US, Iran to hold indirect nuclear talks in Qatar

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US, Iran to hold indirect nuclear talks in Qatar

On Tuesday, chief negotiators from the United States and Iran were due to hold indirect talks in Qatar, hoping to overcome obstacles that have stalled attempts to revive a nuclear deal.

After more than a year of negotiations in Vienna, US special envoy Robert Malley and Iranian special envoy Ali Bagheri headed to Doha.

The talks in the Qatari capital are the start of a process to unblock the Vienna talks, according to Peter Stano, European Union foreign affairs spokesman.

He said that we managed to unblock the process and we are going to move forward. He said in Brussels that we have these proximity talks as a first step at this stage.

That means that there are indirect talks between Iran and the United States on how to move forward. The deal to curb Iran's nuclear ambitions has been hanging by a thread since 2018, when US President Donald Trump unilaterally withdrew from it and began imposing harsh economic sanctions on America's arch-enemy.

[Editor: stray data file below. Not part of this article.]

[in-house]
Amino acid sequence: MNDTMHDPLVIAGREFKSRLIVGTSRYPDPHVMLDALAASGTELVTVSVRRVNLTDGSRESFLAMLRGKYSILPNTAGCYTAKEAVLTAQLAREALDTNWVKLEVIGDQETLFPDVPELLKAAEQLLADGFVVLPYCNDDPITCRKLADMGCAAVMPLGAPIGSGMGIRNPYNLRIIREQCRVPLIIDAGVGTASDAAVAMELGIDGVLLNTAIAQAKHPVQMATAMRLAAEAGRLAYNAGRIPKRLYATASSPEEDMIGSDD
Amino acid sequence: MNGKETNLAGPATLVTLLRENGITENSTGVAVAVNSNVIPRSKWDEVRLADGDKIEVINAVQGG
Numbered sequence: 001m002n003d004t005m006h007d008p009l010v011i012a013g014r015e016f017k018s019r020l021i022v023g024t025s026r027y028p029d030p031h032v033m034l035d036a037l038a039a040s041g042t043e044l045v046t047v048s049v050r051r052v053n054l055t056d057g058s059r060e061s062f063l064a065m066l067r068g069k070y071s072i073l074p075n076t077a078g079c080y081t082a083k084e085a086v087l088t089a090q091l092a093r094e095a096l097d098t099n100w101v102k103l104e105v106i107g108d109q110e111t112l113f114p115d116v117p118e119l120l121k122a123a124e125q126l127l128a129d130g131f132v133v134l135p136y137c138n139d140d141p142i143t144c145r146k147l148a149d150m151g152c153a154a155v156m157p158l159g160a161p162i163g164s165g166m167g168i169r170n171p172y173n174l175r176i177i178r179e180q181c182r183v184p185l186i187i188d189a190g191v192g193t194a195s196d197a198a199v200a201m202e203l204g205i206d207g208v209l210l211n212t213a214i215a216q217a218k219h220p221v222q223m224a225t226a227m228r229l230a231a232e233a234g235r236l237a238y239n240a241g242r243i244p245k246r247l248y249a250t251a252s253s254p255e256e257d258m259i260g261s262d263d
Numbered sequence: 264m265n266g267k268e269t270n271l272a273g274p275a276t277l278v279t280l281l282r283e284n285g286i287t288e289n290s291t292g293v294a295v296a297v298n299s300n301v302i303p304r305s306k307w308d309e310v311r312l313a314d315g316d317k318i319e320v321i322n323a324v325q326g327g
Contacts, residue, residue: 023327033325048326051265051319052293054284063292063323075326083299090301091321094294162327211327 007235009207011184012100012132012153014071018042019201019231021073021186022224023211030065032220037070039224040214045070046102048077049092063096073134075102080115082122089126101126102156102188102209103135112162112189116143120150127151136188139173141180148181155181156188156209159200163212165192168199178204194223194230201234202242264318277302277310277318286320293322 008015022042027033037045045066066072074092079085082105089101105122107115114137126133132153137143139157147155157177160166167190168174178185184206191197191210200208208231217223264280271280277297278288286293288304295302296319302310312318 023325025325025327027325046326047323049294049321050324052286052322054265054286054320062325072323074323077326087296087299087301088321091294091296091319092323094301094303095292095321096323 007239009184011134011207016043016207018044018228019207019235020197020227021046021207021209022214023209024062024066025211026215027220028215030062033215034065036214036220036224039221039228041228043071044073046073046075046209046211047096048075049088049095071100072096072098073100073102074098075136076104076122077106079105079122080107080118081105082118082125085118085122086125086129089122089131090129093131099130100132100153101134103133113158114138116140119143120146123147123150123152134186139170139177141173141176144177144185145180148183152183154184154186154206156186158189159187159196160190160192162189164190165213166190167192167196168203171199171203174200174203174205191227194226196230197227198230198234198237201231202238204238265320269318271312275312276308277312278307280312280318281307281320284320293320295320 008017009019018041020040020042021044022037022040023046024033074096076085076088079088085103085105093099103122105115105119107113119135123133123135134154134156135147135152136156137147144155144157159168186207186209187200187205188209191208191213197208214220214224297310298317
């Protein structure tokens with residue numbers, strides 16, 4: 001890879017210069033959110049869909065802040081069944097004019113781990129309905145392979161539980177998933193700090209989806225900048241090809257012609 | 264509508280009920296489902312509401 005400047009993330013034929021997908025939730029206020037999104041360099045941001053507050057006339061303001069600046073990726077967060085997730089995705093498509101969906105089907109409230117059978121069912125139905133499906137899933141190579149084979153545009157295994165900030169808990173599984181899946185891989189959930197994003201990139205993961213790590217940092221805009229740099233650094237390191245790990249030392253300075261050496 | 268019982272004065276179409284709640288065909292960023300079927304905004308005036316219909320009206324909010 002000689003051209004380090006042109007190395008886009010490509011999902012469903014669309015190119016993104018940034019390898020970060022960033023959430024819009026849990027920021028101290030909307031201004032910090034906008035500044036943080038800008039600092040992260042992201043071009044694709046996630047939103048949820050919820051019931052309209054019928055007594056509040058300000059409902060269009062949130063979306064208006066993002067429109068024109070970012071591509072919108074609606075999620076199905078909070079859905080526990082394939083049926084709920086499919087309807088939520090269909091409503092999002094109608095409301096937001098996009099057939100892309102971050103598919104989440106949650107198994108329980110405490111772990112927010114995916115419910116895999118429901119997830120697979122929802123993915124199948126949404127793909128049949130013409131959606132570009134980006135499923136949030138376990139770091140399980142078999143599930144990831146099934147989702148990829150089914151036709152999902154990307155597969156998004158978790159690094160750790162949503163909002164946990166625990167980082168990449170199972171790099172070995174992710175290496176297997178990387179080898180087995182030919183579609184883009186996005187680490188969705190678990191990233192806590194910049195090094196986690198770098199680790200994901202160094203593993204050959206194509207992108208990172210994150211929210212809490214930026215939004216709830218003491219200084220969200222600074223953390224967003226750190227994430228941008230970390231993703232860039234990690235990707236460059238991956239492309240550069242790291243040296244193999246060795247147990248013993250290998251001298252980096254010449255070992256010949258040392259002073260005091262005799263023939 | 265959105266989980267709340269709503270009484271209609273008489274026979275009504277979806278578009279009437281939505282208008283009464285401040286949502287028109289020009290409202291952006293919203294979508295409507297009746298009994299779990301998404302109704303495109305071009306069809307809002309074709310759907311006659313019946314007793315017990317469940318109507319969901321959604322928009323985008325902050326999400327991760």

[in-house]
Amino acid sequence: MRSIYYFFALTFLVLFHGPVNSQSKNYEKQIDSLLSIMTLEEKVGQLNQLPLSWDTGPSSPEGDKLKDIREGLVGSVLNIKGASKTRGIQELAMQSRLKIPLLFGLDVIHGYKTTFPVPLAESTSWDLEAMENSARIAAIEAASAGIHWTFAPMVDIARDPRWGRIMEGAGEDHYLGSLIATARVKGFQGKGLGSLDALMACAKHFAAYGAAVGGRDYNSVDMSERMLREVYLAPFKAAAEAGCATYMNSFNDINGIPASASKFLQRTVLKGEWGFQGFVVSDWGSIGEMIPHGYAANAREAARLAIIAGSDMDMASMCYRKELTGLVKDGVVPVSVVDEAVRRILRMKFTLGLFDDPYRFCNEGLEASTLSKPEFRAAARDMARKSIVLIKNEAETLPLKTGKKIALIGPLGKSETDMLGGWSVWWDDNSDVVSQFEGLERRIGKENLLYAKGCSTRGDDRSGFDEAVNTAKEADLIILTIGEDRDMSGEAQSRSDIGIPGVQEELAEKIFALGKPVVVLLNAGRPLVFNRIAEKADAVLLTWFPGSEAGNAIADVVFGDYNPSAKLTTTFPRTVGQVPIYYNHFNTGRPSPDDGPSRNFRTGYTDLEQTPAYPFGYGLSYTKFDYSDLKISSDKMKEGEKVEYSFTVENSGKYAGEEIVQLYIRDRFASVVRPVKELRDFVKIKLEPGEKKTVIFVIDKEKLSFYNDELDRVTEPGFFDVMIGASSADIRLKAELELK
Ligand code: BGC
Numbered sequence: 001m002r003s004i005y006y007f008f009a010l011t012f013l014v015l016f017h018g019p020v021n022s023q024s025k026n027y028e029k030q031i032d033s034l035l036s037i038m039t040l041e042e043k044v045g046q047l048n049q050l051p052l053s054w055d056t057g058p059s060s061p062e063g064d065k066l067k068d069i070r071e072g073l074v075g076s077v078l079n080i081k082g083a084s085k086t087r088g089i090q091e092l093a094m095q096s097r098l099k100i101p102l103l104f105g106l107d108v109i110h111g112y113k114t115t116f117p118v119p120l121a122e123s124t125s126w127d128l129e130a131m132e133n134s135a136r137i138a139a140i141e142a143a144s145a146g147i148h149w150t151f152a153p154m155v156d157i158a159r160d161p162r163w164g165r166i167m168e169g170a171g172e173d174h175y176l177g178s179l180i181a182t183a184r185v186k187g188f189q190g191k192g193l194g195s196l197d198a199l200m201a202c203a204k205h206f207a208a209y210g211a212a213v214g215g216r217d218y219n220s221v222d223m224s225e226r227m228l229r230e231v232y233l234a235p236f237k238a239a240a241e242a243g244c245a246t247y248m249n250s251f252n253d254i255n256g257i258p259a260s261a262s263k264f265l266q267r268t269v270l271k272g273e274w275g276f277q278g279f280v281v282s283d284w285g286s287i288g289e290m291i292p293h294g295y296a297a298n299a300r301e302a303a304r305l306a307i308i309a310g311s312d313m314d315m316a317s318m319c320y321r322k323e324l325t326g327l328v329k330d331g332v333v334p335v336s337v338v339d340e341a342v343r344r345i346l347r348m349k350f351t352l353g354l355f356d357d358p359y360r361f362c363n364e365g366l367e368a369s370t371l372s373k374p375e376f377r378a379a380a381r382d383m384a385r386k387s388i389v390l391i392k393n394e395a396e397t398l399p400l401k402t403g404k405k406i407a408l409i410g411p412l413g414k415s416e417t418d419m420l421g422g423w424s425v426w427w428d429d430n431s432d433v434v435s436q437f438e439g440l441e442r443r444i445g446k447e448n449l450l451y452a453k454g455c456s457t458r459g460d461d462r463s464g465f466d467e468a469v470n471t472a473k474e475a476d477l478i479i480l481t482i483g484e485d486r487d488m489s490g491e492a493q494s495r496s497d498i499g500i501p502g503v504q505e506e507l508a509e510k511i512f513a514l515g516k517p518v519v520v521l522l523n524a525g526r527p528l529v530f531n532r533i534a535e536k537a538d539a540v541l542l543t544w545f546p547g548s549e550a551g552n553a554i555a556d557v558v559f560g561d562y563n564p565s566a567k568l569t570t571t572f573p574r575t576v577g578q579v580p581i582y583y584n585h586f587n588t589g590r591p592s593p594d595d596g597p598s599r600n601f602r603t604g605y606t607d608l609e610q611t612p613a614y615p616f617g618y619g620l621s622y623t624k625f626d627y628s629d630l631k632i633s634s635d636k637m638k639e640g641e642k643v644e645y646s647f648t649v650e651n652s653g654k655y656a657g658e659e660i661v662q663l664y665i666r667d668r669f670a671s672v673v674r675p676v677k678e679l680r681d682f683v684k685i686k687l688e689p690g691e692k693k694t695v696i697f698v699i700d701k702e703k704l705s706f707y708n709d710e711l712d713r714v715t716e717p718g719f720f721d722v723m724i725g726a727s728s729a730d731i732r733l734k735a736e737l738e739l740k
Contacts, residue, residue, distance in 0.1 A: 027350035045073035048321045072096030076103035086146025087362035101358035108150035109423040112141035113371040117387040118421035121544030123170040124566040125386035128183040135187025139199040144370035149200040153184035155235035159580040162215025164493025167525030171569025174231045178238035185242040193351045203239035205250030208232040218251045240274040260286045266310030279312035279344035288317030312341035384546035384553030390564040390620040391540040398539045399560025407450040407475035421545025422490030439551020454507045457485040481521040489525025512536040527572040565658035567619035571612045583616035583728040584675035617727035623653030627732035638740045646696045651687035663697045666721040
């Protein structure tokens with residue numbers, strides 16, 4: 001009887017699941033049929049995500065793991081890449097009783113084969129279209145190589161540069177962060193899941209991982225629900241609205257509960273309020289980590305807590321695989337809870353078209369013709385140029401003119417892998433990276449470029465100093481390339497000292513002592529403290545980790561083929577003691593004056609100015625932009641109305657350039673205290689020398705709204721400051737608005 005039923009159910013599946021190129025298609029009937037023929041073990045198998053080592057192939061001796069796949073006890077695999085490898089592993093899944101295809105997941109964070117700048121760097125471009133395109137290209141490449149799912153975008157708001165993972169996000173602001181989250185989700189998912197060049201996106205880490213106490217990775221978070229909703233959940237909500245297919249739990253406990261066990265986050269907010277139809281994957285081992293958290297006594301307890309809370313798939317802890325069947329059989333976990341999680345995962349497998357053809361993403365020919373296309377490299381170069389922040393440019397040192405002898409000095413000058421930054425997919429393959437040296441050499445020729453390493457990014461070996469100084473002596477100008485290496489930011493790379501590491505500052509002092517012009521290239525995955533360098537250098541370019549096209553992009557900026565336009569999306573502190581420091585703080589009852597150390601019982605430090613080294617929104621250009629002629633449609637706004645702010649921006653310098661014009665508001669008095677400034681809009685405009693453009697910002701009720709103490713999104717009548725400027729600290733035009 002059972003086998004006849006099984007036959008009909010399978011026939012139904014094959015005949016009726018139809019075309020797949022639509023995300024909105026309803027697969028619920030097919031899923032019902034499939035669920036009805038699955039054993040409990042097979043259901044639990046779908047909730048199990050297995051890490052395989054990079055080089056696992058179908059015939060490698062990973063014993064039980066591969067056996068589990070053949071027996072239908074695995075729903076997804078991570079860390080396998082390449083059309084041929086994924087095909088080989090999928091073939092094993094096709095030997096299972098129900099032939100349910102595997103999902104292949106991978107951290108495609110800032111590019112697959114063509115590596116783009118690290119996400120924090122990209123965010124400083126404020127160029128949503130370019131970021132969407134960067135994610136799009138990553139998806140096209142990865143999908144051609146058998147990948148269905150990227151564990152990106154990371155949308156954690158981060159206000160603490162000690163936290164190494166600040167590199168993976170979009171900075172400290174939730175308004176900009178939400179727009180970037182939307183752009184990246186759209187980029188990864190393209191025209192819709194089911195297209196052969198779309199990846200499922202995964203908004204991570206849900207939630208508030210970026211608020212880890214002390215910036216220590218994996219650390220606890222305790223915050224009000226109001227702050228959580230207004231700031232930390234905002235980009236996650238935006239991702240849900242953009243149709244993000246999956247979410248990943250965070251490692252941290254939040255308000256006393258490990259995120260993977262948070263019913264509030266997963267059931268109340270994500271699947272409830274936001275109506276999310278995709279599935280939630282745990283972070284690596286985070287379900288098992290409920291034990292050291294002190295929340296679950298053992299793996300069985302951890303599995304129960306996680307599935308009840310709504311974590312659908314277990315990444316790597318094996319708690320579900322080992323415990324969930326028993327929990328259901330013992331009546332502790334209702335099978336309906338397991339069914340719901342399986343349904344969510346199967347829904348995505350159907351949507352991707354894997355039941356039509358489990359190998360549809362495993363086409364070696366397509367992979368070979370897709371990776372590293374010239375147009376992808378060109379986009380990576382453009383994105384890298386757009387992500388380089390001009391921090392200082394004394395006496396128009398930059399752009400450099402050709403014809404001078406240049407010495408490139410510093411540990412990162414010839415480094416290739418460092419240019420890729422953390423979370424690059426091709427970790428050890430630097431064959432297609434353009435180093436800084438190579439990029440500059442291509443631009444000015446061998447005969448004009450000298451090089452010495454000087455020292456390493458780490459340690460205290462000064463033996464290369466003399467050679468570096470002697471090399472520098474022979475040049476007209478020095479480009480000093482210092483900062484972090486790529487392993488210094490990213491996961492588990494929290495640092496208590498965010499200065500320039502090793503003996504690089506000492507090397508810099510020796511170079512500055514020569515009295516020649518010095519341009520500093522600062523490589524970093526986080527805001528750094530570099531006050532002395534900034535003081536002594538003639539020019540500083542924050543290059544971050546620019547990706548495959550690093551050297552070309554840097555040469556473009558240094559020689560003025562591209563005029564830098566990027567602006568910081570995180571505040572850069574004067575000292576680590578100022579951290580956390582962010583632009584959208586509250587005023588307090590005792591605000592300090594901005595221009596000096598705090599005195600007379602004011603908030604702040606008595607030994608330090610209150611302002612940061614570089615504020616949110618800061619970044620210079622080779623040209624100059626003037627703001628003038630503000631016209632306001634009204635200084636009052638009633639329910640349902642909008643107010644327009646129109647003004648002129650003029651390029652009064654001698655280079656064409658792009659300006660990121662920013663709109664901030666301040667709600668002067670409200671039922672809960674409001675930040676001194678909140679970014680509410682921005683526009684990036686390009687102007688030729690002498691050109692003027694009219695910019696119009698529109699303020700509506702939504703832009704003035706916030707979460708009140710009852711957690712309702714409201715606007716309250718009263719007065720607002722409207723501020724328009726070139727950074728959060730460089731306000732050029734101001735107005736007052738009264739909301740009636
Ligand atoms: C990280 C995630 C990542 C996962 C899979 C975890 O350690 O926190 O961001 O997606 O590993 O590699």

The US President Joe Biden's administration has been trying to return to the agreement, saying it would be the best path ahead of the Islamic republic, even though it has voiced growing pessimism in recent weeks.

The delegations in separate rooms will be able to communicate via intermediaries and will take place in Doha. The US and Iran don't have diplomatic relations.

On Monday, Malley met Qatari Deputy Prime Minister and Foreign Minister Mohammed bin Abdulrahman Al Thani to talk about joint diplomatic efforts to address issues with Iran, the US embassy in Doha tweeted.

Bagheri and his delegation arrived in Doha, Iran, according to the IRNA state news agency.

Sheikh Mohammed talked about the Iran talks with his French counterpart Catherine Colonna in a phone call on Tuesday, the official Qatar News Agency said.

Qatar's foreign ministry said in a statement that it hopes the indirect talks will lead to positive results that contribute to the revival of the nuclear deal signed in 2015 EU foreign policy chief Josep Borrell said during a visit to Tehran on Saturday that the Iran-US talks would be held in a Gulf country to avoid confusion with the broader talks in Vienna.

Qatar, which has better relations with Iran than most Gulf Arab monarchies, has sought a role as a diplomatic hub.

It also hosted talks between the United States and the Taliban before the withdrawal of American troops from Afghanistan in August last year.

Stano said that the time is not really on our side, so we should move forward very quickly, referring to the Qatar meetings.

It's not up to the European Union or Borrell to decide the tempo, because everything depends on the willingness of participants to find the necessary way forward.